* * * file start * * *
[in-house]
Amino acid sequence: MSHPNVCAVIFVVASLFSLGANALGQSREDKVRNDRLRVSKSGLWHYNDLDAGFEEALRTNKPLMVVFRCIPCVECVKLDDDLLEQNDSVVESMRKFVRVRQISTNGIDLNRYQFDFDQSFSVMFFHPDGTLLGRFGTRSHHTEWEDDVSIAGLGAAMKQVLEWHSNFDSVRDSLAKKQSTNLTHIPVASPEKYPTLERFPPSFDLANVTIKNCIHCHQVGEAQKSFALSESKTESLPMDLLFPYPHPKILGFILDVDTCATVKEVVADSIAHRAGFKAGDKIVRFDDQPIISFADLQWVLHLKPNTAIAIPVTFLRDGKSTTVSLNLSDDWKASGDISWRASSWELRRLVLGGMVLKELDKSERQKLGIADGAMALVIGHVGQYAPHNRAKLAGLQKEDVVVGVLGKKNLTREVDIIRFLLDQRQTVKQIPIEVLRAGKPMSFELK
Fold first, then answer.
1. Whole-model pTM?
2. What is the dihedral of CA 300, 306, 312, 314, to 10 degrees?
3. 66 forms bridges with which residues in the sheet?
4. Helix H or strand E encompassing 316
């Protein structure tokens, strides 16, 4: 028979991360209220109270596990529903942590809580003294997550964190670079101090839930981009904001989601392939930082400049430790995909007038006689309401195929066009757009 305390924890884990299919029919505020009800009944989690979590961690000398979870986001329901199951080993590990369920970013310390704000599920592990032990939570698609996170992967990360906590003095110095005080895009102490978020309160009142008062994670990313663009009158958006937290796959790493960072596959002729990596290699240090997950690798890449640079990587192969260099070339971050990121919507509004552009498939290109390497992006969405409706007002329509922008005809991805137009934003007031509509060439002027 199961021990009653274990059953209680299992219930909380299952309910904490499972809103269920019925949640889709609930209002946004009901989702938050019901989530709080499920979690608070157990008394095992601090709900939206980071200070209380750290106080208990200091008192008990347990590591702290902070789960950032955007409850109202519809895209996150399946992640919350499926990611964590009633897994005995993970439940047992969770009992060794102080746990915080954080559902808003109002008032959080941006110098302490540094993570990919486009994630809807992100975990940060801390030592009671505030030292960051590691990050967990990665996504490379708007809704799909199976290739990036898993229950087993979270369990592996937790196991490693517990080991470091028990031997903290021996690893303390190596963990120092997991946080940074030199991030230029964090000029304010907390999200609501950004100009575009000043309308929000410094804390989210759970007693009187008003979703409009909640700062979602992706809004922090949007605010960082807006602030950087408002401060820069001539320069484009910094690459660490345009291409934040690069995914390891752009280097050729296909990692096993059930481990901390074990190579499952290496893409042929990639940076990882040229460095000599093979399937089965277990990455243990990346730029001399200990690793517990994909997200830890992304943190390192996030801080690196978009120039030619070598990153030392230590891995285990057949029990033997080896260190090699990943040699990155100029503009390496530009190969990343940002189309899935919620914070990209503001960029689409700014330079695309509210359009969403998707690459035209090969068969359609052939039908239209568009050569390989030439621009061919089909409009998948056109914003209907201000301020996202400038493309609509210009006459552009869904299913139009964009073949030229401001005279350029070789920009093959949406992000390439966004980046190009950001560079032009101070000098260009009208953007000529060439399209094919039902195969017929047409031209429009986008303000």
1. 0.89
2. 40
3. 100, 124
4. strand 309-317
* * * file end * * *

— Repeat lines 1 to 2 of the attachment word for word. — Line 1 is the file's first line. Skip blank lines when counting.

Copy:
[in-house]
Amino acid sequence: MSHPNVCAVIFVVASLFSLGANALGQSREDKVRNDRLRVSKSGLWHYNDLDAGFEEALRTNKPLMVVFRCIPCVECVKLDDDLLEQNDSVVESMRKFVRVRQISTNGIDLNRYQFDFDQSFSVMFFHPDGTLLGRFGTRSHHTEWEDDVSIAGLGAAMKQVLEWHSNFDSVRDSLAKKQSTNLTHIPVASPEKYPTLERFPPSFDLANVTIKNCIHCHQVGEAQKSFALSESKTESLPMDLLFPYPHPKILGFILDVDTCATVKEVVADSIAHRAGFKAGDKIVRFDDQPIISFADLQWVLHLKPNTAIAIPVTFLRDGKSTTVSLNLSDDWKASGDISWRASSWELRRLVLGGMVLKELDKSERQKLGIADGAMALVIGHVGQYAPHNRAKLAGLQKEDVVVGVLGKKNLTREVDIIRFLLDQRQTVKQIPIEVLRAGKPMSFELK